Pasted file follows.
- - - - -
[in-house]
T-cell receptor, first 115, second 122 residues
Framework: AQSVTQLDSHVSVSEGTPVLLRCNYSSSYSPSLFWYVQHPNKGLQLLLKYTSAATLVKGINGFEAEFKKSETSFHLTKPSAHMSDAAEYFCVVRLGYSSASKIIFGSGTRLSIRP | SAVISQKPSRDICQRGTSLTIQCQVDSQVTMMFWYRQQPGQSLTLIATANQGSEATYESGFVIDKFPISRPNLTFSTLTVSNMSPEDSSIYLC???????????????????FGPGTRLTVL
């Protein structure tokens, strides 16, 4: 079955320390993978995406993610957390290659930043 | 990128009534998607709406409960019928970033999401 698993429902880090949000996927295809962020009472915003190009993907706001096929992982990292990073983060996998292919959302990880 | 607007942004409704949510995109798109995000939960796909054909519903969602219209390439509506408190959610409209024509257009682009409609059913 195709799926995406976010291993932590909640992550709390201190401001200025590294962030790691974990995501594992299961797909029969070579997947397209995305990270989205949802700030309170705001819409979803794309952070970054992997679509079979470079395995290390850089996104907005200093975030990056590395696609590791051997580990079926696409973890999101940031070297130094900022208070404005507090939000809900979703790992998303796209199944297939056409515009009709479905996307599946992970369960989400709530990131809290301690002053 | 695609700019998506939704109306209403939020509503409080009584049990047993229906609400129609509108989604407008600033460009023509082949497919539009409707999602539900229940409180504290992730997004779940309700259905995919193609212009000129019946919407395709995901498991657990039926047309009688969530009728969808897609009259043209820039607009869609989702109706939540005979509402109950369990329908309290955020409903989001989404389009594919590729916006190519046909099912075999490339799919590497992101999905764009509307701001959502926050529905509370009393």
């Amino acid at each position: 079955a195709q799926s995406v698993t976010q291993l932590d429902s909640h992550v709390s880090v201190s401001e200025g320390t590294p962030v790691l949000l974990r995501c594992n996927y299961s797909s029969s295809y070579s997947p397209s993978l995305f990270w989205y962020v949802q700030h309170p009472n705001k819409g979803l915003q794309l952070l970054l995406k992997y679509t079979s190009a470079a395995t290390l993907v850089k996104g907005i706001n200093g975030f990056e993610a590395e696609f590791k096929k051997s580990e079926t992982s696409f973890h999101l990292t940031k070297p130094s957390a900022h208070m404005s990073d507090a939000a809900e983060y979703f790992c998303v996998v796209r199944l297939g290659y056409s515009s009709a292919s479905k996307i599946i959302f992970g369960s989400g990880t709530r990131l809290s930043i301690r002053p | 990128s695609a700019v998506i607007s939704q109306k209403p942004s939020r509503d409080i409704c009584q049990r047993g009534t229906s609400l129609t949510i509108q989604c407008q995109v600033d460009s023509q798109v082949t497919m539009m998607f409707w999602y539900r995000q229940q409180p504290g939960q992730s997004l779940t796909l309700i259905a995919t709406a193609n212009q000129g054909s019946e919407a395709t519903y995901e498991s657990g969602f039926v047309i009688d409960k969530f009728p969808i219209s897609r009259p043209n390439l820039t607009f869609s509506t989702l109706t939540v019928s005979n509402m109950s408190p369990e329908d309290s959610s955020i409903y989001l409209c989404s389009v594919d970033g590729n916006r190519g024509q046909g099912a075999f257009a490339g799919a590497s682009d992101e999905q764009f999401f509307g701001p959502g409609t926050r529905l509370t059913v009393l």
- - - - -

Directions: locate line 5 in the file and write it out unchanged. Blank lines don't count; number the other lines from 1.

């Amino acid at each position: 079955a195709q799926s995406v698993t976010q291993l932590d429902s909640h992550v709390s880090v201190s401001e200025g320390t590294p962030v790691l949000l974990r995501c594992n996927y299961s797909s029969s295809y070579s997947p397209s993978l995305f990270w989205y962020v949802q700030h309170p009472n705001k819409g979803l915003q794309l952070l970054l995406k992997y679509t079979s190009a470079a395995t290390l993907v850089k996104g907005i706001n200093g975030f990056e993610a590395e696609f590791k096929k051997s580990e079926t992982s696409f973890h999101l990292t940031k070297p130094s957390a900022h208070m404005s990073d507090a939000a809900e983060y979703f790992c998303v996998v796209r199944l297939g290659y056409s515009s009709a292919s479905k996307i599946i959302f992970g369960s989400g990880t709530r990131l809290s930043i301690r002053p | 990128s695609a700019v998506i607007s939704q109306k209403p942004s939020r509503d409080i409704c009584q049990r047993g009534t229906s609400l129609t949510i509108q989604c407008q995109v600033d460009s023509q798109v082949t497919m539009m998607f409707w999602y539900r995000q229940q409180p504290g939960q992730s997004l779940t796909l309700i259905a995919t709406a193609n212009q000129g054909s019946e919407a395709t519903y995901e498991s657990g969602f039926v047309i009688d409960k969530f009728p969808i219209s897609r009259p043209n390439l820039t607009f869609s509506t989702l109706t939540v019928s005979n509402m109950s408190p369990e329908d309290s959610s955020i409903y989001l409209c989404s389009v594919d970033g590729n916006r190519g024509q046909g099912a075999f257009a490339g799919a590497s682009d992101e999905q764009f999401f509307g701001p959502g409609t926050r529905l509370t059913v009393l």